>> Friday, May 22, 2009
see more Lolcats and funny pictures
JD asked: Why do most cats (in my experience, anyway) seem to not see themselves in mirrors? I know this isn't true of all cats, because we had a cat who was fascinated by his reflection . . . but only the first time he saw himself. After that, he was all, meh. But all our other cats don't even seem to see their reflection. What's up with these crazy cats?
JD, I'm glad you asked. For those of you who didn't know it (and there can't be many of you by now), I am a cat person. I love the way cats are so dignified, even when they're doing something undignified (like falling off your lap). I love that they demand attention rather than beg for it. I love that they can amuse themselves if the situation calls for it. I love that they purr.
I respect cats and cat magic. Part of that respect is not confusing them with other pets (like dogs, which have their own charm but it is not to be confused, in any way, with cat charm) or people.
So, circling back to your question, cats are very much like Beau Brummel in how they regard mirrors. Now, if you're not heavy into Regency English history (or Georgette Heyer novels), you might not know who he is. Beau Brummel was a former gentlemen's gentleman (valet) who managed to climb to the pinnacle of high society. At a time when heels, padding, lace and jewelry were still big for men (as well as pastels and corsets), he called for a distinct style that centered around cleanliness and simplicity. His style was understated and pristine, short on gewgaws and affectation. Beau Brummel was also something of a sarcastic and vicious wit (with a gambling problem that contributed significantly to his downfall), but it was his fashion that is best remembered. I know I'm grateful that he brought bathing into fashion - pomades were not a good substitute.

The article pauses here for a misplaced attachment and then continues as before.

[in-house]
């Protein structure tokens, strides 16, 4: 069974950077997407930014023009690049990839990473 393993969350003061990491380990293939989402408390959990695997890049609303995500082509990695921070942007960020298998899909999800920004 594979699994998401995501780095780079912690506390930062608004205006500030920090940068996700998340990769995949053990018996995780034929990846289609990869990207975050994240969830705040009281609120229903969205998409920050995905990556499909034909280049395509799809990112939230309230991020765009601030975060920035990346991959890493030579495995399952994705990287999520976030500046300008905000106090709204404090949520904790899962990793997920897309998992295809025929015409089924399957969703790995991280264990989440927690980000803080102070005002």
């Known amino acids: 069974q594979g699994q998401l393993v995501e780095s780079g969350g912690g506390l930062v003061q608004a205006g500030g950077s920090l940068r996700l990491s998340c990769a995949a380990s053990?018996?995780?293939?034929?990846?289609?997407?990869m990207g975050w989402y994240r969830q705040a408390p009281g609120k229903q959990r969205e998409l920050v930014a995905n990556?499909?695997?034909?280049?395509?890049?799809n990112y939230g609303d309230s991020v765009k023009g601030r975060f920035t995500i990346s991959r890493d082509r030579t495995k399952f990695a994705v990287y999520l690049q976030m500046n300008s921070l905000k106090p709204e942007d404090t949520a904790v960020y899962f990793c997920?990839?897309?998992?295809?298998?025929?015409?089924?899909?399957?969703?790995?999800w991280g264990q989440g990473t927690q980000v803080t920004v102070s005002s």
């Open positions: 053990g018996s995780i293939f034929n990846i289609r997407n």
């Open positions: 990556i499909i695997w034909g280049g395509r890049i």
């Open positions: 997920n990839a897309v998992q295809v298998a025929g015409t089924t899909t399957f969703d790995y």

Among the legends surrounding Brummel was that he never looked in the mirror once he'd left his dressing room. He took hours over his morning toilette, putting every hair in to place, every chosen crease into his cravat, before sallying forth - so sure of his perfection that he never had to tweak it during the day or assure himself of his appearance.
That is what I think the answer to your question is. Cats are very self-assured. They know they are charming, whether it's the goofy charm of a gangly half-kitten-half-cat, the refined dignity of an elderly statescat or the affectionate comfort of a happy lapcat. When first comfronted with a mirror, they might take a second to realize who they are seeing in the mirror. But, once realizing that the image is just a reflection of their own perfection, they lose interest. Need I point out how important cleanliness is to cats as well.
They don't need reassurance as to their beauty.
They don't need reinforcement of their charm and grace.
All those are a given.
Mirrors are for the insecure.
Hope that helps.